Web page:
Using Fuzzing To Protect Your Applications And Network

I know that by just looking at the title of this article it can be hard to take it seriously.

The word ‘fuzzing’ does not exactly make you think of hardcore network security but that is just what it is.

For years, the security industry has tried to improve fuzzing technology because it has proved to be an effective way of stopping security holes before you ship out a company’s software to the public.

Fuzzing techniques have also been used to secure networks in a most effective manner.

In this article I will show you how to use Fuzzing techniques to make sure that your software and computer network is safe.

protecting your applications and network with fuzzing

protecting your applications and network with fuzzing

What Exactly Is Fuzzing?

Before I go any further I should really sit down and explain what fuzzing is exactly.

So far you know that it is a security technique but you do not know how it works.

Fuzzing, to put it plainly, is when you input a lot of random data inside of a system to see if it fails or not.

The random data is supposed to represent the data that the users of the software would input inside of it if they were using it at that moment.

You can never foresee the data that the random person is going to try and input into your software so you can use fuzzing to try to duplicate this as much as possible.

The technique was first used to test out operating system security but has now moved over to protect networks and user applications as well.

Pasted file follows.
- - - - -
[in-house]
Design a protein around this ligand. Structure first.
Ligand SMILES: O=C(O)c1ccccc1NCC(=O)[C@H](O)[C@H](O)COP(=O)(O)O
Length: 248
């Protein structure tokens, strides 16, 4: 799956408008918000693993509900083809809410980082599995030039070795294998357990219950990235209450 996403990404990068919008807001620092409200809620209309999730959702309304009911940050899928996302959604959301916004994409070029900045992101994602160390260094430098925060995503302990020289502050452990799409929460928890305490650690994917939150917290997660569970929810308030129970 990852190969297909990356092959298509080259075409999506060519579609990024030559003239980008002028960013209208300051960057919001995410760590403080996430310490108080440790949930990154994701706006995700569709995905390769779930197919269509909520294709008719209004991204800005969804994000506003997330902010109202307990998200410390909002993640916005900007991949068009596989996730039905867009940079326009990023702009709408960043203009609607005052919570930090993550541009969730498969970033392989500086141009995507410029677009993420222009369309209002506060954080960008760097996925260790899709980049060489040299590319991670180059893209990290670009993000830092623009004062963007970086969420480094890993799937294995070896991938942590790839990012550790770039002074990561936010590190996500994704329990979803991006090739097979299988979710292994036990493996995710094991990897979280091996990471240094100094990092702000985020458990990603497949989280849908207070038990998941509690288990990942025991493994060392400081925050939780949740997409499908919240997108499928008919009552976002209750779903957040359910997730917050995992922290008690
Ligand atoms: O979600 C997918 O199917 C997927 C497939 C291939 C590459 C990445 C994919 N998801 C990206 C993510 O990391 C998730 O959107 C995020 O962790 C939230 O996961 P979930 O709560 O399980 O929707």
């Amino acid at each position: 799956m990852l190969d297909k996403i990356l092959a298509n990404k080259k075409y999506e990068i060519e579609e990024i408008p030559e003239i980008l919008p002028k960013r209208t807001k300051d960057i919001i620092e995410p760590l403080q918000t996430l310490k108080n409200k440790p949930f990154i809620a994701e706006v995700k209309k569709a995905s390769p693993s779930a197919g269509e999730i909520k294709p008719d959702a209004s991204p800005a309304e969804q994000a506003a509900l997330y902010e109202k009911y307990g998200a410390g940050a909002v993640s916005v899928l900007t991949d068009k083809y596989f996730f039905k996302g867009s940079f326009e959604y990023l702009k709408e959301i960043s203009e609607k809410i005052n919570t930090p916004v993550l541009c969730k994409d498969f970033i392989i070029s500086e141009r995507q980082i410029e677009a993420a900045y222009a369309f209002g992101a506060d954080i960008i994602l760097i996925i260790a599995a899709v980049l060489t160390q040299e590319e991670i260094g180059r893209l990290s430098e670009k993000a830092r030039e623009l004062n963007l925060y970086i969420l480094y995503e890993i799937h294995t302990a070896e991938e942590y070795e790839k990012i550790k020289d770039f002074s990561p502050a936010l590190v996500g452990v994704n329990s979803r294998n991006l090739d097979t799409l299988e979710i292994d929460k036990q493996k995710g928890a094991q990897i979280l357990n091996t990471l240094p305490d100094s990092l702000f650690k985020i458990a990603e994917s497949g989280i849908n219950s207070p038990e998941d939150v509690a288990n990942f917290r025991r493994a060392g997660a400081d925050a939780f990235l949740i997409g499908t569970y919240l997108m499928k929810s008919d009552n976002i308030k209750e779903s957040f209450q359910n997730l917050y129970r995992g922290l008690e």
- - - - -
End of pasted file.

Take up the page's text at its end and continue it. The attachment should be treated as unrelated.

What kind Of Bugs Are You Looking For?

The fuzzing testing that you would do depends on what kind of data and errors that you are looking for.

For example, a fuzzing testing technique would differ if you were looking for the results of a normal user using your software and an attacker using it.

With a normal user, you are trying to search for crashes and invalid data output.

Invalid data output means that the user would get a totally different result than they were expecting.

If you are looking for security holes, then you would be on the lookout for exploits that the random data crash could cause.

The crashes would cause holes in the software.

These holes could cause a segfault result or anything of that nature.

A lot of attackers find vulnerabilities when they run into a segfault errors.

The same thing goes with the network.

The only difference would be that most of the testing would revolve around security issues.

It is a little bit easier to filter out the data that can be returned to someone on the web so user testing is not as vital.

Fuzzing as a technique has been around for over a decade and it will most likely be around for even longer.

It is an effective technique of testing and should be adopted into the testing of your software both online and off.

About Lee Munson

Lee's non-technical background allows him to write about internet security in a clear way that is understandable to both IT professionals and people just like you who need simple answers to your security questions.

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